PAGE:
Exploring the delightful maze that is Powell's City of Books could easily take up an entire day in Portland (maybe even a night, depending on which rockstar author is doing a free reading upstairs). And, thanks to the obscene amount of used (read: dirt cheap) literature on offer, you'll have plenty of funds left for good eating nearby. My list of suggestions is by no means exhaustive, but I tried to cover most of cravings you may get while browsing, because let's face it, you're going to be in there a while.
Go to Oven and Shaker for higher-end, wood-fired pizza (try the one with garlic scapes and goat cheese) from James Beard award winner Cathy Whims. Order the Pepper Smash, a refreshing cocktail made with the juice of bell peppers and aquavit, to wash it all down.
Sizzle Pie is perfect for a fast lunch or late-night pizza eating. The spot has a bit of a punk rock feel (mostly coming from the jukebox), with dirt-cheap combos like a slice and a huge salad for $6, or a beer and a slice for $5 at happy hour. Try either the classic Ace of Spades (pepperoni) or the vegan Spiral Tap, which features caramelized onions as sauce.
Little Big Burger is Portland's answer to In 'N Out and Shake Shack. Their compact five ounce burgers, cooked medium-rare, are the perfect fuel for book-hunting.
If you happen to be nearby on a weekday for lunch or happy hour, try Gruner's ridiculously juicy burger, adorned with bright pink pickled onions and smoky-sweet Nueske's bacon.
Visit the 9th and Alder Cart Pod for the classic Portland cart experience. Grab a melty sandwich from Grilled Cheese Grill, spicy squid noodles from Noodle House, a hefty Gyro from Aybla, light and crispy fish and chips at The Frying Scotsman, or slow-cooked porchetta from People's Pig.
Drinking FoodGo to Parish to grab a dozen fresh, briny oysters and a plate of fries. Order the Comeback sauce for dipping fried things in, and any of their cocktails with Cynar.
Head to Kenny and Zuke's for late night pastrami fries and classic Jewish deli sandwiches as big as your head. Come during happy hour to avoid the ferocious brunch line. On a cold day, try their earthy Hungarian mushroom soup for a lighter but satisfying option.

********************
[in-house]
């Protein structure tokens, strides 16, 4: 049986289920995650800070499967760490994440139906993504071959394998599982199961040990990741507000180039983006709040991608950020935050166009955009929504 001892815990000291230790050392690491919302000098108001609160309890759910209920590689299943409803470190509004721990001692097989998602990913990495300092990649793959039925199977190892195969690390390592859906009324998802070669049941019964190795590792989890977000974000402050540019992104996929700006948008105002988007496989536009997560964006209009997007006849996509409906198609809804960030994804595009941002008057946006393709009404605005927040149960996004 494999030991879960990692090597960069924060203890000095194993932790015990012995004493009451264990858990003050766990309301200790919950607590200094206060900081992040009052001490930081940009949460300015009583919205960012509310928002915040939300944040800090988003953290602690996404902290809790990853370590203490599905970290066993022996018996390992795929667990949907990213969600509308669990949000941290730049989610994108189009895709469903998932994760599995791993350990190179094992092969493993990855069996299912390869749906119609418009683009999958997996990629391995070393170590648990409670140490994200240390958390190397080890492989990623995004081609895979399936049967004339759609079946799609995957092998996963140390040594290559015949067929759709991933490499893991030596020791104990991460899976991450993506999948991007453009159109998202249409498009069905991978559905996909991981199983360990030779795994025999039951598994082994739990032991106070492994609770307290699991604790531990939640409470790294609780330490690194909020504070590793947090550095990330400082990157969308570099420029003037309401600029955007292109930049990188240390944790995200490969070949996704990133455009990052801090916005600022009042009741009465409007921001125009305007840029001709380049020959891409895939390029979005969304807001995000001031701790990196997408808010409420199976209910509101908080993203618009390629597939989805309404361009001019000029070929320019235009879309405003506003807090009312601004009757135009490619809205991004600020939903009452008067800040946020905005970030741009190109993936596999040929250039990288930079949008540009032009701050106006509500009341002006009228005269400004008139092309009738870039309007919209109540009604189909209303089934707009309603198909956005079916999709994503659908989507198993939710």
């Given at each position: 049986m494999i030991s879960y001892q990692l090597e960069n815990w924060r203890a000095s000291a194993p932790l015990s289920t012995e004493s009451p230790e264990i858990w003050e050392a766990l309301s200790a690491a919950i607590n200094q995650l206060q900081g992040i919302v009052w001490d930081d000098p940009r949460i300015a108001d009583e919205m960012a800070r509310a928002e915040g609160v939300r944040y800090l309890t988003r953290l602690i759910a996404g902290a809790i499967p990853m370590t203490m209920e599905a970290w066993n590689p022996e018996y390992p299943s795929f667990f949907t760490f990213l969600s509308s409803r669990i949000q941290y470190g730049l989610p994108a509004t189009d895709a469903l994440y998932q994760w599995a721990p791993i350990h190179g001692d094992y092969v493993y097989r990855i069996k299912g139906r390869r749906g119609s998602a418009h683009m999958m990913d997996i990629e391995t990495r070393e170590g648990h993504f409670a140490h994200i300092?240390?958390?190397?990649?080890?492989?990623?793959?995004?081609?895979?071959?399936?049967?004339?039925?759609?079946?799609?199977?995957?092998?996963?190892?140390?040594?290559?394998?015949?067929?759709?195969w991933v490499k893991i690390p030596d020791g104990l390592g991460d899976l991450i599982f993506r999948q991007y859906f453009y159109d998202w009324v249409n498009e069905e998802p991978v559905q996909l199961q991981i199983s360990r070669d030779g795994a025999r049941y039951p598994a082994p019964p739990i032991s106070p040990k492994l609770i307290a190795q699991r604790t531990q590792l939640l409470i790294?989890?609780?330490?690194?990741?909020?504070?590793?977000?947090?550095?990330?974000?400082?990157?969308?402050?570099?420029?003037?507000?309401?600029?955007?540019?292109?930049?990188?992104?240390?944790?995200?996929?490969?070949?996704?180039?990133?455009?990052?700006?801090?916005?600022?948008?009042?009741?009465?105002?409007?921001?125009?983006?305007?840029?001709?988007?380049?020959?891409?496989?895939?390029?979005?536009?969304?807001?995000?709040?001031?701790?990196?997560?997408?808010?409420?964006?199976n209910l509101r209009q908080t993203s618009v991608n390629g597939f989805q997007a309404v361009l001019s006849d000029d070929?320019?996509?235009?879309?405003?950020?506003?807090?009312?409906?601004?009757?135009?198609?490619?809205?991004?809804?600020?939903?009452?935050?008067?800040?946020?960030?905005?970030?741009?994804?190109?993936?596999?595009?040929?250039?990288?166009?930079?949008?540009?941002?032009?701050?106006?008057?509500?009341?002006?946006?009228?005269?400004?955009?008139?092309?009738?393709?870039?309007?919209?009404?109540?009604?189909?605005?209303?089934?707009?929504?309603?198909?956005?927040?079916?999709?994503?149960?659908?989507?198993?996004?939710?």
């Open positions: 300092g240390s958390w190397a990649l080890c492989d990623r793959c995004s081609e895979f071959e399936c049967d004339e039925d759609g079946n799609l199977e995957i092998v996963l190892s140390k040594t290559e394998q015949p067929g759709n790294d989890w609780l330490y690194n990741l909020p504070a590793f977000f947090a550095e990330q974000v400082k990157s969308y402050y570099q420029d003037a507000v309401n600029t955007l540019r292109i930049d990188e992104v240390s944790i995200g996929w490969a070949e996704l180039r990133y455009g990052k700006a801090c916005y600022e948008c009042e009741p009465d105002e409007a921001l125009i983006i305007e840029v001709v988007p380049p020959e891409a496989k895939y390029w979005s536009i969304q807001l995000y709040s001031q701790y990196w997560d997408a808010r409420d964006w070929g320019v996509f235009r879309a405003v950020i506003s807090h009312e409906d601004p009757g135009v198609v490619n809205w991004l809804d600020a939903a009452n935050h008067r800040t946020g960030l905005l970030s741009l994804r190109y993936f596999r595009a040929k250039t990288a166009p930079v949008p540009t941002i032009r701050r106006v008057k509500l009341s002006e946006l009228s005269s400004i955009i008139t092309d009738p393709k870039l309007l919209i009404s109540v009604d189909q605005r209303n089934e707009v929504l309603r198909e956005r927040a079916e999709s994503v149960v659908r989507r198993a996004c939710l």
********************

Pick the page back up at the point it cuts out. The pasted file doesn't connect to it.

Clyde Common is probably the most "Portland" restaurant in the area. The big, open space (attached to the artsy Ace Hotel) has communal seating and a view of the always-buzzing bar. For more intimate eating, ask for a table upstairs. Don't leave without trying any of their seasonally changing housemade pastas, the squid ink fideos appetizer, the barrel-aged Negroni (or bartender Morgenthaler's eggnog with sherry in the winter).
BeerHead a few blocks into downtown for Bailey's Taproom, where they have 24 rotating taps listed on an electronic beer board which tells you exactly how much of each beer is left so you can appropriately plan your next move. One Bailey's perk is that you can order greasy drinking eats from next-door Mexican joint Santeria.
Visit Stumptown in the Ace Hotel for people watching and serious cups of Joseph. Any espresso-based drink is a safe bet, which is nice since an expertly crafted espresso is the ideal accompaniment to a good book.
Hit Nuvrei for delicate macaroons in every Easter egg color imaginable, or big chewy chocolate cookies to nibble at one of their window seats.
Head up to SW 12th avenue to Ruby Jewel for customizable ice cream sandwiches, homemade ice cream, and frozen yogurt. Try the Blazers Sundae, which has Oregon huckleberry ice cream and toasted hazelnuts.
About the author: Kat Vetrano currently lives in Portland, Oregon where she's eating her way through food carts, farmers markets and pho joints. Follow her on Twitter @kat707.